[0026] Tibia insert 2 is provided on its upper side with bearing surfaces 11, 12 for respective condyles on a corresponding femoral prosthesis (not shown) or on the patient's own femur. Its underside is shaped so as to fit snugly on top of plate 3 within the peripheral rim 6. The tolerances on tibia insert 2 and tray component 1 are so chosen that there is a nominal or controlled interface fit between the two components of the tibial prosthesis when tibia insert 2 is fully seated on tray component 1. Thus an anterior portion 13 of tibia insert 2 is provided with an anterior surface with a taper angle that exactly matches the angle of posterior surface 9. The posterior part of tibia insert 2 is provided with a pair of lugs 14, 15 which are designed to be received in recesses 7 and 8 respectively.

[0027] The long barb 10 interfaces with the front surface 13 of tibia insert 2 when the latter is pushed fully home within the upstanding rim 6 of tray component 1.

[0028] The assembly of tibia insert 2 to tray component 1 by a surgeon is illustrated further in FIGS. 4 to 8. The posterior of tibia insert 2 is presented to the anterior face of the posterior portion of peripheral rim 6 of tray component 1 so that the lugs 14, 15 enter recesses 7, 8 as shown in FIG. 5. Then the anterior portion of tibia insert 2 is pushed fully home into the recess formed by rim 6 on top of plate 3. A press-like instrument (not shown) may be provided to assist the surgeon in fitting and pressing the tibia insert 2 fully home. Since the tray component 1 has an open angled rim 6 and the anterior portion of tibia insert 2 has an anterior surface 13 with a corresponding taper angle, the insert 2 is initially loose and thus readily able to enter the cavity within the rim 6 on top of plate 3 but progressively the fit becomes tighter and tighter as the tibia insert 2 encounters the surface 9. At the same time barb 10 commences to interface with the tibia insert 2 and to cause local deformation of the material of tibia insert 2. The barb 10 in effect provides a net interference with the volume of tibia insert 2 so that the insert 2 is squeezed in the anterior-posterior direction and to a lesser degree in the medial-lateral direction. The two mating components 1, 2 are designed so that, when fully assembled, there are no significant voids allowing translational micromotion. The result of this and the component tolerance may induce a small designed lift-off of the tibia insert 2 from the tray floor (i.e. the upper surface of plate 3) but this is of little concern since the patient's body weight will act to close the resulting space with little creep taking place of the ultra high molecular weight polyethylene from which tibia insert 2 is made.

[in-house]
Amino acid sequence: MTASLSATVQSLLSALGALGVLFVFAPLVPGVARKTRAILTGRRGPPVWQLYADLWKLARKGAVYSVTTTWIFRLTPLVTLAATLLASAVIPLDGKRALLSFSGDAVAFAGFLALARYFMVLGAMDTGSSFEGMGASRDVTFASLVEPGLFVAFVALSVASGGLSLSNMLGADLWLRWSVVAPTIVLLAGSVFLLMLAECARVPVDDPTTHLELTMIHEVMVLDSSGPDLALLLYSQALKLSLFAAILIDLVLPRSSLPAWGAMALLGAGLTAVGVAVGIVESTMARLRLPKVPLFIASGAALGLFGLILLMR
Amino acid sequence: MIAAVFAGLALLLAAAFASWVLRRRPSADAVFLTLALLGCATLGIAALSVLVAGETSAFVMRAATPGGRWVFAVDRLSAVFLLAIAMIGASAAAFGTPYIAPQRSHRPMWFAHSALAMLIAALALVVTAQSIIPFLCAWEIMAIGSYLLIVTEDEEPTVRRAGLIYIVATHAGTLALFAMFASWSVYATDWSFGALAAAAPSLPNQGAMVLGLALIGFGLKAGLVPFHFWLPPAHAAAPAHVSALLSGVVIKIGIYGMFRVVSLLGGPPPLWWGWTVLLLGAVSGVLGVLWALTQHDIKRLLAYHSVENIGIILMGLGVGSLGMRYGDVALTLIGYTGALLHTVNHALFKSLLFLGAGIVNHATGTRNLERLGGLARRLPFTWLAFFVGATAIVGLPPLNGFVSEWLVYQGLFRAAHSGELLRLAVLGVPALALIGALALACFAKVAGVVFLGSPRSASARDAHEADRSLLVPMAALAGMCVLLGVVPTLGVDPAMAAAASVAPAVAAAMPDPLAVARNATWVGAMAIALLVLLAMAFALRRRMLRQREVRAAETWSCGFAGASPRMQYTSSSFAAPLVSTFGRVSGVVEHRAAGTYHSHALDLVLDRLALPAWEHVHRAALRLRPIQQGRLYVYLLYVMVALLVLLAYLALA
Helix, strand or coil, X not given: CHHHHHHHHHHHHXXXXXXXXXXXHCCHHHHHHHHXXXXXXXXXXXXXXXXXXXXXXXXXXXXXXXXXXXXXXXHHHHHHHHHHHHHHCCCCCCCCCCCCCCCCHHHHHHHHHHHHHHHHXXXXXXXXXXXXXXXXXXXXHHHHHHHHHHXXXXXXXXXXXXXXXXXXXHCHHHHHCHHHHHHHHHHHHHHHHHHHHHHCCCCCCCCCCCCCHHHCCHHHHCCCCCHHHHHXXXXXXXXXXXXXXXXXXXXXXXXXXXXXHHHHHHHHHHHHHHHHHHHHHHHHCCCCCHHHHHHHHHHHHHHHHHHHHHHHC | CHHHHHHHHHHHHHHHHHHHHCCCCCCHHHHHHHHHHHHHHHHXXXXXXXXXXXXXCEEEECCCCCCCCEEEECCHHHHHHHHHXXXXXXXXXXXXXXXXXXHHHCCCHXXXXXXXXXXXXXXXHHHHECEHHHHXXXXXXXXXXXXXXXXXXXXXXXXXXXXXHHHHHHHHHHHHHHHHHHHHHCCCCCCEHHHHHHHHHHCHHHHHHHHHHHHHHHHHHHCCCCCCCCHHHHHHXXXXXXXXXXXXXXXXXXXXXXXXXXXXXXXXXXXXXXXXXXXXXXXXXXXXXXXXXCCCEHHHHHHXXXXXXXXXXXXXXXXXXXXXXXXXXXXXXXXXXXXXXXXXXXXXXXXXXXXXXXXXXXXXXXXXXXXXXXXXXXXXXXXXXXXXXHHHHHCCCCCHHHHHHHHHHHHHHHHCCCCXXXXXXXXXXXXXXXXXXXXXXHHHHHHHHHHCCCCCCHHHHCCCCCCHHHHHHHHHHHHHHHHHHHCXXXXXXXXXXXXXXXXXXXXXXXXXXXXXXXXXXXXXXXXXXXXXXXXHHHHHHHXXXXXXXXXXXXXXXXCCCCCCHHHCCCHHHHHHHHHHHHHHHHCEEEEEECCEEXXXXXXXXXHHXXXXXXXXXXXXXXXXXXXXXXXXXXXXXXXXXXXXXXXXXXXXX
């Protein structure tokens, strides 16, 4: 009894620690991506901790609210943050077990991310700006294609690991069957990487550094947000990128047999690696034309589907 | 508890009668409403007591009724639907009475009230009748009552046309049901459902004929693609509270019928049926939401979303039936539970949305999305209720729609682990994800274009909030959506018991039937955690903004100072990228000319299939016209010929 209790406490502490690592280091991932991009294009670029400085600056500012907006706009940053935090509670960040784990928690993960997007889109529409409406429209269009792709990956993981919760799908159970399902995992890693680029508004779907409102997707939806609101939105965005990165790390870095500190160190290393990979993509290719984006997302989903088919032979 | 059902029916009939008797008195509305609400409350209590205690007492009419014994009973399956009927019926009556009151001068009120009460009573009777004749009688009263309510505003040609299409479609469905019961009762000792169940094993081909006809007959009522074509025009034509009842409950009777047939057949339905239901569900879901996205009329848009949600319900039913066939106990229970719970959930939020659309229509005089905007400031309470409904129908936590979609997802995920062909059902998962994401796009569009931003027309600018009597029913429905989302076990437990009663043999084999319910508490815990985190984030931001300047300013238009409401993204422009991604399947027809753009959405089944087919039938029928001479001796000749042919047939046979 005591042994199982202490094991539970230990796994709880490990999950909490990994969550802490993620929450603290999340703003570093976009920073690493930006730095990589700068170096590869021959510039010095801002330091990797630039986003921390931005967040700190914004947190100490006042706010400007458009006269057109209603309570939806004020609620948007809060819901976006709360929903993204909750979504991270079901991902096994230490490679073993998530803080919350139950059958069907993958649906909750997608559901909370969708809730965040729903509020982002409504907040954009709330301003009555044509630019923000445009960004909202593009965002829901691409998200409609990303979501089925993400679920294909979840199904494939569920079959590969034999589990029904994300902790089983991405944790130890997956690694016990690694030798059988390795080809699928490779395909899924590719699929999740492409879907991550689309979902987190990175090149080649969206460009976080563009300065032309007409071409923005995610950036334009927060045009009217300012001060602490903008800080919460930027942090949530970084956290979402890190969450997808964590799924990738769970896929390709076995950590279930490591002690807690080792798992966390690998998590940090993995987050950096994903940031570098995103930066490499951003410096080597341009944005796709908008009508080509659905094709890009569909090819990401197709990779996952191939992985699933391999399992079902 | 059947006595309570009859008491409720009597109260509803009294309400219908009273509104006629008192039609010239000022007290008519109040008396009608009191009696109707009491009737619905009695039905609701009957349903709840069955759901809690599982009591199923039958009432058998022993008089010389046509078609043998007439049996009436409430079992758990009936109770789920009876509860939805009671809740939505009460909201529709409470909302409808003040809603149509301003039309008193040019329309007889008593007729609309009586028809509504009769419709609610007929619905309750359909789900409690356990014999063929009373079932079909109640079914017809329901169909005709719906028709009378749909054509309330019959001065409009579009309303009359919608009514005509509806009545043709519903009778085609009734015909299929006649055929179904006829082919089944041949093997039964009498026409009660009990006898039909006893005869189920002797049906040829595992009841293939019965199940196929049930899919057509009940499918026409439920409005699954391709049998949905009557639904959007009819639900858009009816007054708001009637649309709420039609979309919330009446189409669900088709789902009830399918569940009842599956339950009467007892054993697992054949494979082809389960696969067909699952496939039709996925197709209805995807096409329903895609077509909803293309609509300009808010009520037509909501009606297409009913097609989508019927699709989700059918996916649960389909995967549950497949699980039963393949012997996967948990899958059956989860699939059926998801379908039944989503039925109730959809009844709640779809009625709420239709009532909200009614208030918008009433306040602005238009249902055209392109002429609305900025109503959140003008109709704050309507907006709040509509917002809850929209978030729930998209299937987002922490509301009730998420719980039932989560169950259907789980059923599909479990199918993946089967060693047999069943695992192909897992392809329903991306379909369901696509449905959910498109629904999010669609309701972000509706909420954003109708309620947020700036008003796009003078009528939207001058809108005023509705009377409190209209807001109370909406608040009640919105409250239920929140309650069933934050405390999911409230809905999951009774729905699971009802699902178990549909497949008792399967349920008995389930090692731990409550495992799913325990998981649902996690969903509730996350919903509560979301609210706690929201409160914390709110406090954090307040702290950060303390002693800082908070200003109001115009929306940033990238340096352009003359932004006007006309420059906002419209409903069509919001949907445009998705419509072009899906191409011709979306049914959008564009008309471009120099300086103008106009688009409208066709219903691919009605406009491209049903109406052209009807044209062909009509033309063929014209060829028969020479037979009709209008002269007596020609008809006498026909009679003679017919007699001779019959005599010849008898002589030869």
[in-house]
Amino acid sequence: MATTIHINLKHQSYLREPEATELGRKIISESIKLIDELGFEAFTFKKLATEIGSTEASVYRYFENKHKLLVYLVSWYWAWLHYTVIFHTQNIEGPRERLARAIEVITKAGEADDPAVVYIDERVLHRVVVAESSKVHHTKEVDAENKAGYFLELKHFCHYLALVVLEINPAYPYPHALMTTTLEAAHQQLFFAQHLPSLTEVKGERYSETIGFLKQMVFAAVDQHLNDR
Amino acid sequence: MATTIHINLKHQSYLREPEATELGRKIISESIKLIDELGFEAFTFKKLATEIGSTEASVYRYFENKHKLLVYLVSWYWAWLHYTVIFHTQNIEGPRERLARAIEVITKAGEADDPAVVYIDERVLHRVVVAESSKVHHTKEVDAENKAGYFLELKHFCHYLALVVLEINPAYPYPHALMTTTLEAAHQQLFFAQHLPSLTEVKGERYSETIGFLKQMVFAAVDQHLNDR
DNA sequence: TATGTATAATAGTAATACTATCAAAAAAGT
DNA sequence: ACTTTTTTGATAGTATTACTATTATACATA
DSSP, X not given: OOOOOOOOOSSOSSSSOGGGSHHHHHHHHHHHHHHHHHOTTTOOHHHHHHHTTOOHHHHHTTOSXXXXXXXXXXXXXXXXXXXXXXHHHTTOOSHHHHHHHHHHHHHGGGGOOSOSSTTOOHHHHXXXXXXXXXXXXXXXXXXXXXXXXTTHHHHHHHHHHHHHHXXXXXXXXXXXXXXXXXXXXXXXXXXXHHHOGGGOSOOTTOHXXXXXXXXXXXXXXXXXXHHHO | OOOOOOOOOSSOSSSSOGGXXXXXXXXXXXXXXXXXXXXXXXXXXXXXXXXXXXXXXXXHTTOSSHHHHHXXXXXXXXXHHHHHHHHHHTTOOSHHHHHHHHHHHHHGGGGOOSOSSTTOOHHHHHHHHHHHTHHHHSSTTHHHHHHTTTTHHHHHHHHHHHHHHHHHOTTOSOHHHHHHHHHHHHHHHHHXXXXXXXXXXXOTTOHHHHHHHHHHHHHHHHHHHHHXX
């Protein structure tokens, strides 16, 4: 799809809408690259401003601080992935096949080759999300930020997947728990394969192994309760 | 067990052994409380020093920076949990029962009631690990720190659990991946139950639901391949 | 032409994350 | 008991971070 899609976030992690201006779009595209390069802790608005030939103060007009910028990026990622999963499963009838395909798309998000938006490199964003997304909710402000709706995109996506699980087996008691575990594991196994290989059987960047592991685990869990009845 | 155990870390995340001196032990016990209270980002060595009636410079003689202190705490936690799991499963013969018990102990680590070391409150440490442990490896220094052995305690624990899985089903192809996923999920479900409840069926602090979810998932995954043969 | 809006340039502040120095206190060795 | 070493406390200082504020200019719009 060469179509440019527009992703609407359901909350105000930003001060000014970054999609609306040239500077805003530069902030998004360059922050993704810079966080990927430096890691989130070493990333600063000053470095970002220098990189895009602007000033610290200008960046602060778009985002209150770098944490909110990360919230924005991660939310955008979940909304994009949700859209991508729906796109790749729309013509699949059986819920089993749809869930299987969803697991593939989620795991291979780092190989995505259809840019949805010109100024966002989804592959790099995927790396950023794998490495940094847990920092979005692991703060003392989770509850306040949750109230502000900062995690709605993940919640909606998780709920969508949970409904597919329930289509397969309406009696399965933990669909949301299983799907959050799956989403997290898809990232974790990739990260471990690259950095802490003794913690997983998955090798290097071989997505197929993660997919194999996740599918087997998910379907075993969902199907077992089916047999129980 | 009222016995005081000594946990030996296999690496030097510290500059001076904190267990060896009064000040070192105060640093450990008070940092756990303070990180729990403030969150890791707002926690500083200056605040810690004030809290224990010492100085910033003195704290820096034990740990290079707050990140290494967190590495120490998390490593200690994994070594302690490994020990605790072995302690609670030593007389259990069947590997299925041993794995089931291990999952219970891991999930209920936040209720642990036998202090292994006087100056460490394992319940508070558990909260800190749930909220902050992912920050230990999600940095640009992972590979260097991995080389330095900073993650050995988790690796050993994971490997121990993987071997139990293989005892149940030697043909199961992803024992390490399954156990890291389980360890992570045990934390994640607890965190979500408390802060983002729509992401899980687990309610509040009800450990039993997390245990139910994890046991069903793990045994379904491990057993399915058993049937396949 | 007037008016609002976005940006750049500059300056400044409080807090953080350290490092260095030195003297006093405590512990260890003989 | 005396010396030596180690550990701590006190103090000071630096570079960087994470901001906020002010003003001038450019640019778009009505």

[0029] The illustrated tibial prosthesis of FIGS. 1 to 8 is a total tibial prosthesis. It will be readily apparent to those skilled in the art that the teachings of the invention are equally applicable to a unicompartmental tibial prosthesis and that it is intended that the invention shall also extend to such unicompartmental tibial prostheses.

Referenced by
Citing PatentFiling datePublication dateApplicantTitle
US7578850Dec 14, 2005Aug 25, 2009Uni-Knee, LlcUnicondylar knee implant
US7766969Nov 7, 2006Aug 3, 2010Zimmer, Inc.Modular progressive implant for a joint articulation surface
US8057478Aug 14, 2009Nov 15, 2011Arthrex, Inc.Unicondylar knee instrument system
US8273133Aug 25, 2008Sep 25, 2012Samuelson Kent MSystems and methods for providing deeper knee flexion capabilities for knee prosthesis patients
US8366783Jun 9, 2010Feb 5, 2013Samuelson Kent MSystems and methods for providing deeper knee flexion capabilities for knee prosthesis patients
US8382846Jun 10, 2009Feb 26, 2013Kent M. SamuelsonSystems and methods for providing deeper knee flexion capabilities for knee prosthesis patients